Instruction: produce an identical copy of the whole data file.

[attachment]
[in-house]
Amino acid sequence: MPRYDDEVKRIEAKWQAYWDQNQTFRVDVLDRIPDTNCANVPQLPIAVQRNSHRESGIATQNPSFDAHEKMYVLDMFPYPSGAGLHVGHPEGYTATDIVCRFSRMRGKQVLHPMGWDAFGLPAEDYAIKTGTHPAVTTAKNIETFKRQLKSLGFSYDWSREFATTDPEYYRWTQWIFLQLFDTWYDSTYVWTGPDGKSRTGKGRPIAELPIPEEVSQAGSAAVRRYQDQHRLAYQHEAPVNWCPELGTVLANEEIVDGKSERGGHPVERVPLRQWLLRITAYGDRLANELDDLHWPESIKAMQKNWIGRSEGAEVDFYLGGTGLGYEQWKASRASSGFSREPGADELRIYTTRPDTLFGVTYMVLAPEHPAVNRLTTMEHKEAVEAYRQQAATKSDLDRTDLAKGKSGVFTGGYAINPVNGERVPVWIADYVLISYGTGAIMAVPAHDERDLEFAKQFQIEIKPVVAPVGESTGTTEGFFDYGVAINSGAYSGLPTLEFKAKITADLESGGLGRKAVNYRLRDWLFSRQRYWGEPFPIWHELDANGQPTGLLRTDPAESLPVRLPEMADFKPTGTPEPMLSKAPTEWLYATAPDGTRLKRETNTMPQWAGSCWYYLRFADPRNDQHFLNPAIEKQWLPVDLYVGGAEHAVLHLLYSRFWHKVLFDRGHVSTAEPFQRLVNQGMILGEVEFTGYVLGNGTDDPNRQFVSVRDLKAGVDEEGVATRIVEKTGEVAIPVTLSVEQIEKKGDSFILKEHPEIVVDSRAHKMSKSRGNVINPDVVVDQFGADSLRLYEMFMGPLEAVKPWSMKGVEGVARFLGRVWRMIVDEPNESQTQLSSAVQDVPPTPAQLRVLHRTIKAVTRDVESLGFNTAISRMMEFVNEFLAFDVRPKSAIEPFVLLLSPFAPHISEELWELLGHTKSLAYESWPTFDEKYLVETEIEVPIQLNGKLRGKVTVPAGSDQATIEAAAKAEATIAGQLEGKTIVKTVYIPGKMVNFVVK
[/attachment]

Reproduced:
[in-house]
Amino acid sequence: MPRYDDEVKRIEAKWQAYWDQNQTFRVDVLDRIPDTNCANVPQLPIAVQRNSHRESGIATQNPSFDAHEKMYVLDMFPYPSGAGLHVGHPEGYTATDIVCRFSRMRGKQVLHPMGWDAFGLPAEDYAIKTGTHPAVTTAKNIETFKRQLKSLGFSYDWSREFATTDPEYYRWTQWIFLQLFDTWYDSTYVWTGPDGKSRTGKGRPIAELPIPEEVSQAGSAAVRRYQDQHRLAYQHEAPVNWCPELGTVLANEEIVDGKSERGGHPVERVPLRQWLLRITAYGDRLANELDDLHWPESIKAMQKNWIGRSEGAEVDFYLGGTGLGYEQWKASRASSGFSREPGADELRIYTTRPDTLFGVTYMVLAPEHPAVNRLTTMEHKEAVEAYRQQAATKSDLDRTDLAKGKSGVFTGGYAINPVNGERVPVWIADYVLISYGTGAIMAVPAHDERDLEFAKQFQIEIKPVVAPVGESTGTTEGFFDYGVAINSGAYSGLPTLEFKAKITADLESGGLGRKAVNYRLRDWLFSRQRYWGEPFPIWHELDANGQPTGLLRTDPAESLPVRLPEMADFKPTGTPEPMLSKAPTEWLYATAPDGTRLKRETNTMPQWAGSCWYYLRFADPRNDQHFLNPAIEKQWLPVDLYVGGAEHAVLHLLYSRFWHKVLFDRGHVSTAEPFQRLVNQGMILGEVEFTGYVLGNGTDDPNRQFVSVRDLKAGVDEEGVATRIVEKTGEVAIPVTLSVEQIEKKGDSFILKEHPEIVVDSRAHKMSKSRGNVINPDVVVDQFGADSLRLYEMFMGPLEAVKPWSMKGVEGVARFLGRVWRMIVDEPNESQTQLSSAVQDVPPTPAQLRVLHRTIKAVTRDVESLGFNTAISRMMEFVNEFLAFDVRPKSAIEPFVLLLSPFAPHISEELWELLGHTKSLAYESWPTFDEKYLVETEIEVPIQLNGKLRGKVTVPAGSDQATIEAAAKAEATIAGQLEGKTIVKTVYIPGKMVNFVVK